Managing Sovereign Wealth With Corrupt Leaders

When accountability isn't a factor.

January 20, 2011

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1135221_hi-jacking_hotspotSome resource rich countries are so corrupt that setting up a commodity fund for managing resource rents would be pointless. After all, there has to be some symmetry between the sponsoring government’s motives and those of the SWF. If there isn’t, no design or governance trick will prevent a SWF from falling victim to political or bureaucratic encroachment. As an example, this was the problem with the Chad case back in 2005. The motives of Chad’s leaders weren’t aligned with the motives that underpinned the country’s “oil fund”.

Recall that Chad had agreed (with the World Bank) to set up an oil fund that would be held in an escrow account in London and monitored by an independent body. In exchange, the country received some loans to help develop a pipeline. But, at the time the deal was going through, both Forbes and Transparency International had Chad listed as the most corrupt country…in the world. So, yeah, it was going to be pretty tough to get a SWF to work in this environment. And, as we might have expected, the governance of the fund did fail. Chad subsequently passed a new law giving the government more access to profits from the pipeline.

So, the case offers an important challenge for development analysts and scholars: How should countries — where the most basic tenets of a society are breaking down —  use resource revenues to facilitate development?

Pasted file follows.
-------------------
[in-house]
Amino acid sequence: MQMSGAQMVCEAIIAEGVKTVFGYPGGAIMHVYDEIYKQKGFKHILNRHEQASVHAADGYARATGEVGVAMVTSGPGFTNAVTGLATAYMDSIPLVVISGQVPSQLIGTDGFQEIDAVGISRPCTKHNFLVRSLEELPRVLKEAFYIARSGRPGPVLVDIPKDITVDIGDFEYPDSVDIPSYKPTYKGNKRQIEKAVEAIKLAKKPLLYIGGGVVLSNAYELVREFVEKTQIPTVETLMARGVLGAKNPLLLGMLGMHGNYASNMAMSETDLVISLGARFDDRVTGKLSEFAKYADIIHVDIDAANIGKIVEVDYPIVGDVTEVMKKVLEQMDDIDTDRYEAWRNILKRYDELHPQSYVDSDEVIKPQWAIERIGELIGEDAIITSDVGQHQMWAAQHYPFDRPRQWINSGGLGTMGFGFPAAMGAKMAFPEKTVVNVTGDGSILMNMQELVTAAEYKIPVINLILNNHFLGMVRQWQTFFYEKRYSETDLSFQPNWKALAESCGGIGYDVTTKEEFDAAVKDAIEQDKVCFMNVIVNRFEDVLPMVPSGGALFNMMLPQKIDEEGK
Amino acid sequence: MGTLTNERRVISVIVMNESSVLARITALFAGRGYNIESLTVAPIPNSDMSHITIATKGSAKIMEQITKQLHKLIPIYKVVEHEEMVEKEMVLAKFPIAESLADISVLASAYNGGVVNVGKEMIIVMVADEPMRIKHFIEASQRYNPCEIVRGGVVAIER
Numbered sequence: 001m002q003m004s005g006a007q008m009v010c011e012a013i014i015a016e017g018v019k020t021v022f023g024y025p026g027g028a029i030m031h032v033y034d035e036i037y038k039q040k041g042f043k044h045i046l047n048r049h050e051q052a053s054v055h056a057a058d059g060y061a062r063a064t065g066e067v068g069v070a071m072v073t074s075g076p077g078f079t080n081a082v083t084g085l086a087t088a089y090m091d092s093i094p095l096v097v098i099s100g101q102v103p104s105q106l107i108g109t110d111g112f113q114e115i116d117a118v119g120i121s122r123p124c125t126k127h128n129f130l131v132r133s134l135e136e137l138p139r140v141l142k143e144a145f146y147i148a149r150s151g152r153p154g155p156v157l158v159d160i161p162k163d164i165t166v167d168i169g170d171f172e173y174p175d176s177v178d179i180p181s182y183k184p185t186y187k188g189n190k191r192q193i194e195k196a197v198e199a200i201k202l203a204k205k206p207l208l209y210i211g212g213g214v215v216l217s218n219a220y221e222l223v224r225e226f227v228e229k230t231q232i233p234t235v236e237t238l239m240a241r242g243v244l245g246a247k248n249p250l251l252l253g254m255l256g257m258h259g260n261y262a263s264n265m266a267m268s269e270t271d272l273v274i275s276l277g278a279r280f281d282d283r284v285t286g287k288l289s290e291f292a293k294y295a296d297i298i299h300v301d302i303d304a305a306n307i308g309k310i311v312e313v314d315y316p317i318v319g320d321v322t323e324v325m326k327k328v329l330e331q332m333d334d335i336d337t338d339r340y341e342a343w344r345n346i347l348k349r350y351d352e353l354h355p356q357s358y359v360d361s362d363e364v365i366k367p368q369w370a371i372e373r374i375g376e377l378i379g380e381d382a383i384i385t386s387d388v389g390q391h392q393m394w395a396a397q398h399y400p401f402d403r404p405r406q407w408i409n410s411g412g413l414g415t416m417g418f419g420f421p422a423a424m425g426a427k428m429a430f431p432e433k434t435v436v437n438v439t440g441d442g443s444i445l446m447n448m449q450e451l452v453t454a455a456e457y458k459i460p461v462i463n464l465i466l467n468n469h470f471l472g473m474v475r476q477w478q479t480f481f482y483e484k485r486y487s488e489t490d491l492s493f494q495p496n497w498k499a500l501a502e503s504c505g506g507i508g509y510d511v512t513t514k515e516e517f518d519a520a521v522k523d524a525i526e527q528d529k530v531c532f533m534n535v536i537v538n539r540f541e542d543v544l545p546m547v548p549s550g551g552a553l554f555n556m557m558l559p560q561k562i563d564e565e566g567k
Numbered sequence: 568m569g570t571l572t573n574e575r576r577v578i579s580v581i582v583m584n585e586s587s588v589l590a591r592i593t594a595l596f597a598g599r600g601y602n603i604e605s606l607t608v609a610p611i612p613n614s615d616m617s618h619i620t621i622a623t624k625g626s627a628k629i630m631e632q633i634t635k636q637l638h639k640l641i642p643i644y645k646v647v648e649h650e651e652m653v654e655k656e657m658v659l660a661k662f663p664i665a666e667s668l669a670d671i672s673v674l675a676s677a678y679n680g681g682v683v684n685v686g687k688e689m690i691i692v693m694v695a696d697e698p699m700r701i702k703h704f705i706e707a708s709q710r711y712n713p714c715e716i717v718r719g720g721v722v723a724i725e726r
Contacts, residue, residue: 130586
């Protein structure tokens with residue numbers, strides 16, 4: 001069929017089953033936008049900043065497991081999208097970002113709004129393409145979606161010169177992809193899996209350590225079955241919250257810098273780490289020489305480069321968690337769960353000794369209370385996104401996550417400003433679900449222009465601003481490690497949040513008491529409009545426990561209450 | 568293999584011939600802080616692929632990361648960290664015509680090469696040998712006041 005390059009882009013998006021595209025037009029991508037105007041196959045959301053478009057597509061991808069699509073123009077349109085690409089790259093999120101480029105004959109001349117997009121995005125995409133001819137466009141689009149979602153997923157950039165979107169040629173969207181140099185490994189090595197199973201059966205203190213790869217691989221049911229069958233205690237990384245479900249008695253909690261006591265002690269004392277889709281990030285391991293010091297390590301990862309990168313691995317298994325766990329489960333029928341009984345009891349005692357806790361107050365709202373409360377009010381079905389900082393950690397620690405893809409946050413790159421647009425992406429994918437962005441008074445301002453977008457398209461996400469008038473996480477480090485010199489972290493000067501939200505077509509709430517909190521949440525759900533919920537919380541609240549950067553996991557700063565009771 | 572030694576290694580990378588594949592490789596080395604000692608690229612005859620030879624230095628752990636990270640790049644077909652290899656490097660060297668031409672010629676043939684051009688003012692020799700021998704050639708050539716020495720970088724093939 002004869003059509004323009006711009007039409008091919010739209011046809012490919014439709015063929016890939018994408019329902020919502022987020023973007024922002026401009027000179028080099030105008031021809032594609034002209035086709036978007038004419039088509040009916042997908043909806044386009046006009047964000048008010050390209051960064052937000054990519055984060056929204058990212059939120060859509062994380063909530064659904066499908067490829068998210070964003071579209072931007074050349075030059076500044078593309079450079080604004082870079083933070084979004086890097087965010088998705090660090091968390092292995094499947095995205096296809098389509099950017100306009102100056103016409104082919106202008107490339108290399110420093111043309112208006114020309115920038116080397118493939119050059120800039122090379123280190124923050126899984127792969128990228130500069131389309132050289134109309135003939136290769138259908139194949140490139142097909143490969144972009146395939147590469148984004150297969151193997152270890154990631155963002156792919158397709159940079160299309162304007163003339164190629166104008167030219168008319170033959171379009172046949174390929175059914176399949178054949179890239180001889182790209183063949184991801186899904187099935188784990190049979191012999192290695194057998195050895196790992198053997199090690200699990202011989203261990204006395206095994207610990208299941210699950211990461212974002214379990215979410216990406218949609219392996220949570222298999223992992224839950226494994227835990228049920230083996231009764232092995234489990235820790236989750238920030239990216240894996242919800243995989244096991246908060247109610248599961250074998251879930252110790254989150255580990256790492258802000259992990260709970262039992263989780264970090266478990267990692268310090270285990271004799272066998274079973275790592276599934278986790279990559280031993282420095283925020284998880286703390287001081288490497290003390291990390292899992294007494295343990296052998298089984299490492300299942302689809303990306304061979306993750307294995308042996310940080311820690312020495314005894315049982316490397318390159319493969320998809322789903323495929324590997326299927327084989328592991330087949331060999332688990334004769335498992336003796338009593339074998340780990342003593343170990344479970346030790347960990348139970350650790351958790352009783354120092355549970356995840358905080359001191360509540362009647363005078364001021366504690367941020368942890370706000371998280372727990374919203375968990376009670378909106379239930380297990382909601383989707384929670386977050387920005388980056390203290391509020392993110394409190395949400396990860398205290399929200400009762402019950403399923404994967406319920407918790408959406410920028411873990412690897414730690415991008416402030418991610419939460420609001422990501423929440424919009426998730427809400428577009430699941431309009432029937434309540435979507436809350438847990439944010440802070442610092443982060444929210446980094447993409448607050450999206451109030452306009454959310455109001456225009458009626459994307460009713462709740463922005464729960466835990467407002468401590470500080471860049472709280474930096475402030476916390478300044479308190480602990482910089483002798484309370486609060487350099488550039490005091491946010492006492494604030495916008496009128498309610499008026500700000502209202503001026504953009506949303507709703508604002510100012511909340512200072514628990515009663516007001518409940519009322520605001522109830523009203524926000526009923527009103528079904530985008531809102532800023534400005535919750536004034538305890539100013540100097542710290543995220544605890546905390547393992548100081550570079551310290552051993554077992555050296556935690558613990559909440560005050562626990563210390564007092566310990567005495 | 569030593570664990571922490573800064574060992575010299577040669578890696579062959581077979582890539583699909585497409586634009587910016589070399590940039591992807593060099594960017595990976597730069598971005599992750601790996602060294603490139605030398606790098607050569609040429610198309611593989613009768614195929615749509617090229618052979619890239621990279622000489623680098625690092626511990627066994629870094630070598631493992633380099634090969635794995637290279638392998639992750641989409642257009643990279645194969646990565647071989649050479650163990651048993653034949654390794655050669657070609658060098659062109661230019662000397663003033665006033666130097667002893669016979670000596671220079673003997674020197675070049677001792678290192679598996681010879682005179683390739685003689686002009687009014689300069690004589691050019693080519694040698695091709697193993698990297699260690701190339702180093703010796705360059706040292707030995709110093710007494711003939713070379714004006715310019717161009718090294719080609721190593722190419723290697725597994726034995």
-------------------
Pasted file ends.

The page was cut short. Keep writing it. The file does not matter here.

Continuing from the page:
It’s in this context that I’d like to direct your attention to Todd Moss’ new paper on the Oil to Cash program. It offers a pretty compelling plan for resource rich countries in the developing world to overcome the resource curse. The idea is really quite simple: direct cash transfers to the poor. Here’s Todd:

“One option…is to distribute new natural resource income directly to citizens in a regular, universal, and transparent payment. Such an approach may bring strong economic and political benefits, and may help countries not only avoid the corrosive effects of the resource curse but also help to create demands for transparency and accountability.”

Indeed, the idea is to create accountability by making the government raise money through taxes:

“Taxes, social contract theory tells us, are the foundation of accountability between the state and its citizens (Bräutigam 2008). This idea traces its roots to the development of democratic institutions in England and France, where cash-strapped governments had to bargain with taxpayers in order to raise the revenue to finance expensive wars (Tilly 1985; North and Weingast 1989). In exchange for taxes, citizens demanded public services, rights and greater voice in government actions (Bates and Lien 1985).”

In short, these countries must try to avoid the classic pitfalls of a rentier state:

“…stripped of the power of the purse, citizens are unable to exert leverage on the government for public service provision and responsible management. In other words: ‘Without taxation, no representation.'”

So, to summarize, the government (probably with the help of some foreign company) extracts the resource from the ground and receives money. The government then gives this money directly to the people in the form of cash transfers. Next, the government is forced to tax the same people to whom it literally just gave the money in order to raise revenues to run the government. In the end, this process strengthens the social contract, as the government will depend on the people, and the people will be able to influence the government.

It’s a cool idea for a commitment mechanism. And I can tell that I’m not doing it justice. So go read the paper. It’s really worthwhile.

This post originally appeared on the Oxford SWF Project website.

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